Interestingly, DCA treatment induced a strong increase in the surface expression of DR5 in the three cell lines tested. Proper activation of DR5 requires the receptor molecules to be clustered on the cell surface, which can only be efficiently achieved by membrane-bound TRAIL. In this line, we previously demonstrated that LUV-TRAIL was able to activate DR5 in a more efficient way than sTRAIL due to its capacity to contribute to DR5 clustering on the cell surface in colon cancer cells [23]. Thus, the results observed in this study correlate with our previous observations, and point towards the overexpression of surface DR5 induced by DCA as the main reason for the sensitization to LUV-TRAIL.
Mechanistically, it is not entirely clear how DCA reprograms cancer cells. It has been described that following DCA incubation, ATP production is diminished in glycolytic cancer cells, thus changing the AMP:ATP ratio and activating AMPK [43]. The AMPK complex is an energy sensor that regulates homeostasis in cells. When this enzyme is activated, it can turn on or compromise different and multiple metabolic, proliferative, and gene expression pathways in cancer [43]. Among them, AMPK is able to activate p53 [67]. On one hand, it has previously demonstrated that DCA is more effective against cancer cells with a wild type p53 [43,46]. On the other hand, other pathways independent of p53 status have been described to activate upon DCA action [68,69]. In our work, both A549 and MCF7 cells are p53 wild type, while HT29 cells possess a mutated version of this protein (; accessed on 13 December 2022). Still, DCA was able to synergize with LT in the three cell lines. As AMPK activation opens so many gene modulation possibilities within cells, the DCA effect can potentially affect many signaling pathways and change the expression of multiple proteins. Therefore, how or which ones will be activated or seem unlikely to depend on the specific characteristics of each tumor cell require further investigation to be identified.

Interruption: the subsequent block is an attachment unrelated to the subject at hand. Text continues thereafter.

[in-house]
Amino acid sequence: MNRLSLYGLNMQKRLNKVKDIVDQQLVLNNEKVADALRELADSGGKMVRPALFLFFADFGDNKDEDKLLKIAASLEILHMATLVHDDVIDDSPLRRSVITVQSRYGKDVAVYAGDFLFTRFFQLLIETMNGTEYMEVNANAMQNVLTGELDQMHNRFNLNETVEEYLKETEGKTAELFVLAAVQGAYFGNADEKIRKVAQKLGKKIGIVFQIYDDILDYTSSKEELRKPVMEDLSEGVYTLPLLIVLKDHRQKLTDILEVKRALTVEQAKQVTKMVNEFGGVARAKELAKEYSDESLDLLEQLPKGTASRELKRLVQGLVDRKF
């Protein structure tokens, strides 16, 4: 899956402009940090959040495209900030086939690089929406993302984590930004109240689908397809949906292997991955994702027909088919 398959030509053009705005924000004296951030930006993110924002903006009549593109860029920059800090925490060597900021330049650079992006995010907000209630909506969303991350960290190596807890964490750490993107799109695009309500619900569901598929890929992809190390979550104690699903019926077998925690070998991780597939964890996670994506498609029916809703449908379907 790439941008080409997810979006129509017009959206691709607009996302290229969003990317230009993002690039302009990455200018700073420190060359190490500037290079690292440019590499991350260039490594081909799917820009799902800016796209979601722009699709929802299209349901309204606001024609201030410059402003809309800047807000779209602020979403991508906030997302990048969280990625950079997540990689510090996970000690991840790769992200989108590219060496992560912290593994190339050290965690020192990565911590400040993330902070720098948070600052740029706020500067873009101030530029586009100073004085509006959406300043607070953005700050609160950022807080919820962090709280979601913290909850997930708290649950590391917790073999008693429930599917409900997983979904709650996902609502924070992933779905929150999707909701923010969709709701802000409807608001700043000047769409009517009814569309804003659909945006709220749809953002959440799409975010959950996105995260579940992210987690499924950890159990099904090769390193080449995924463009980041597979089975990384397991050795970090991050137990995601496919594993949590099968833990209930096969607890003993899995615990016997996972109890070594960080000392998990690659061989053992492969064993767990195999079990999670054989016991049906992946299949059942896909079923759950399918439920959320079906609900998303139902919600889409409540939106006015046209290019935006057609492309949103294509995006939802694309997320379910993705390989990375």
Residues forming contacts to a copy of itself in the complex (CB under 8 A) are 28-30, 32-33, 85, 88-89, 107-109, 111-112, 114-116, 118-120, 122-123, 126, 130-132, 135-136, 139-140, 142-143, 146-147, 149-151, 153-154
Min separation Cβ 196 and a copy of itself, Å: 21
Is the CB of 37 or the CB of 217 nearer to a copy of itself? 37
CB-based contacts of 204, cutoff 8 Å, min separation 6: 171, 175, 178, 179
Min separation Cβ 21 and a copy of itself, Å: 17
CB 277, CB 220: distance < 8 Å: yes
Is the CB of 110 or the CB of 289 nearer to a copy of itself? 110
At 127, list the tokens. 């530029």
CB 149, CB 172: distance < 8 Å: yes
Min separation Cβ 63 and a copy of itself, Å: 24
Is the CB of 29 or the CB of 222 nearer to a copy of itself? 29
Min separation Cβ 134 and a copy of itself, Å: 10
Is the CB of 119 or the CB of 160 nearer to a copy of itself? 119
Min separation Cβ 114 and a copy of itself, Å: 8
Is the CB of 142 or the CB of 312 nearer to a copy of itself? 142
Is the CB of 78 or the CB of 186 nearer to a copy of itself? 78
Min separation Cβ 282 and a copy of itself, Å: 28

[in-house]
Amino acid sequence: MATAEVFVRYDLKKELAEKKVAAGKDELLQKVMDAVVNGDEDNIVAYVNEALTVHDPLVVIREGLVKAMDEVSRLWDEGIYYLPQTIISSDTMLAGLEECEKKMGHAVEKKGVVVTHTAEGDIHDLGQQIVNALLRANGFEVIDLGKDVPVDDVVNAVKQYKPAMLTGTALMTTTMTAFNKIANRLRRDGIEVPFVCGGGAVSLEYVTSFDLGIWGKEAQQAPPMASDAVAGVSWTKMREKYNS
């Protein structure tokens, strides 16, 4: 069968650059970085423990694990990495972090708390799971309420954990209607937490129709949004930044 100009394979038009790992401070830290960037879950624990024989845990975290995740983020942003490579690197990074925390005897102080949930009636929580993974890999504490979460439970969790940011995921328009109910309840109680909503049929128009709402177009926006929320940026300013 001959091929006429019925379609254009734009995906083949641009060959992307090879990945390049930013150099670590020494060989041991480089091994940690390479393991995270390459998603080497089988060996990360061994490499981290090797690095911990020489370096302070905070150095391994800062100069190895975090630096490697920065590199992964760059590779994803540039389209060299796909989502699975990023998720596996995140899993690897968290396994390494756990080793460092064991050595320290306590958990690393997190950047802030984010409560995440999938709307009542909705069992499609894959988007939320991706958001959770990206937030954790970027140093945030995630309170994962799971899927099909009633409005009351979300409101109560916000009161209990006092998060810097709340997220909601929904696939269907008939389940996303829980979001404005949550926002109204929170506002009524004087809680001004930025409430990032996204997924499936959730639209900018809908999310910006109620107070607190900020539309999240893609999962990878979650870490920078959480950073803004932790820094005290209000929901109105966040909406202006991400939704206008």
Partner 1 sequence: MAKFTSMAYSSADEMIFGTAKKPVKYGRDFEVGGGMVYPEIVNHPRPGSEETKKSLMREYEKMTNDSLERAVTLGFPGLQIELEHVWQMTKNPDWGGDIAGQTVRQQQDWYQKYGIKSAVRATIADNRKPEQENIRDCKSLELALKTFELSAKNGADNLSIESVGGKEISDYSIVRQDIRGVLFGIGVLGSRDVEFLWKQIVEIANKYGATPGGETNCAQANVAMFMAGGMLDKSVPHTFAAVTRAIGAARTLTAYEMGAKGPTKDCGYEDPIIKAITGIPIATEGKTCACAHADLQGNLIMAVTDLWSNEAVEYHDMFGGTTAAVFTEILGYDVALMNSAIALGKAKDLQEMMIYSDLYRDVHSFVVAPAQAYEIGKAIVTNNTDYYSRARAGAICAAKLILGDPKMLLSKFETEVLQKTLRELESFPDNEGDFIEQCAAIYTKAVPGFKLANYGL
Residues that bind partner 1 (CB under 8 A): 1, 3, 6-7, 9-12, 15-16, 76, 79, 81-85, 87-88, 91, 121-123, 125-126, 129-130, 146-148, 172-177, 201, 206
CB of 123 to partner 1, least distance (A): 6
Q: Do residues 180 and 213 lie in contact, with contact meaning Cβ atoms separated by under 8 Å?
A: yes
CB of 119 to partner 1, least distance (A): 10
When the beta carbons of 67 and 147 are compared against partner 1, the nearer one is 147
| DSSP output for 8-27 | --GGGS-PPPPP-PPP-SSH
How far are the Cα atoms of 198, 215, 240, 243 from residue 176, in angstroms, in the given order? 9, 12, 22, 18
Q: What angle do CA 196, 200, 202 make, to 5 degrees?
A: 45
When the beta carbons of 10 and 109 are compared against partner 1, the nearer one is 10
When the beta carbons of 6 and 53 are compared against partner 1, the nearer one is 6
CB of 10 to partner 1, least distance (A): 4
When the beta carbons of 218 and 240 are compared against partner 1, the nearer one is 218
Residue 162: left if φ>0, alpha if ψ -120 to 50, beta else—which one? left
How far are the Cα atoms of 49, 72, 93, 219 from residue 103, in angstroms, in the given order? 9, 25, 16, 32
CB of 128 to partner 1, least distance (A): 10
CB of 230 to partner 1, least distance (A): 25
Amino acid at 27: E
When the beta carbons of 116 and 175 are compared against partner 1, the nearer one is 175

DCA at 25 mM induced some level of cell death on MCF7 cells, while the other cell lines were not significantly affected by this treatment (see Figure 1). However, this induction of cell death in MCF7 cells was not observed at lower concentrations. DCA has been shown to induce higher toxicity to cells if they have defective mitochondria [34,35]. In fact, MCF7 cells have been proven to transform glutamate and also pyruvate into citrate at a lower rate than MDA-MB-231 breast cancer cells [70], and their expression of complex II, III, and V is also lower than other breast cancer cell lines [71].
Noteworthy, another relevant result to point out is the incubation time with DCA. Previous studies from our group detected cytotoxic effects of DCA in other cell lines as quickly as after 72 h of exposure [40]. Therefore, we decided to initially explore its sensitization ability by incubating the drug for 48 h or 72 h prior to LUV-TRAIL action. Interestingly, DCA was already able to synergize with LUV-TRAIL after 48 h, and as effectively as after 72 h. As shorter treatments are preferable, this can be very relevant from a clinical standpoint. In this regard, DCA is a generally well-tolerated drug, with an approximate half-life of 1 h at a dose of 50 mg/kg [72]. TRAIL, as already stated, has an excellent safety profile, as it spares normal cells.

5. Conclusions

In conclusion, DCA is a drug that, due to the metabolic shift that it induces in tumor cells, can sensitize cells to the cytotoxic action of LUV-TRAIL. DR5 up-regulation is the main contributor of this combinatory effect, while others seem to be tumor dependent. Therefore, energy metabolism emerges as an option for TRAIL to enhance its efficacy against resistant tumors. Obviously, additional pre-clinical in vivo experimentation is required to ascertain the benefits of this therapeutic combination and this will be one of our main goals in the near future.

Supplementary Materials

The following supporting information can be downloaded at:, Figure S1: Expression of multiple pro- and anti-apoptotic proteins after DCA exposure.

Author Contributions

Conceptualization, L.M.-L. and A.A.; methodology, D.d.M. and J.M.-B.; investigation, J.M.-B.; resources, D.d.M. and L.M.-L.; writing—original draft preparation, J.M.-B.; writing—review and editing, D.d.M., L.M.-L. and A.A.; visualization, J.M.-B.; supervision, L.M.-L. and A.A.; project administration, A.A; funding acquisition, A.A. All authors have read and agreed to the published version of the manuscript.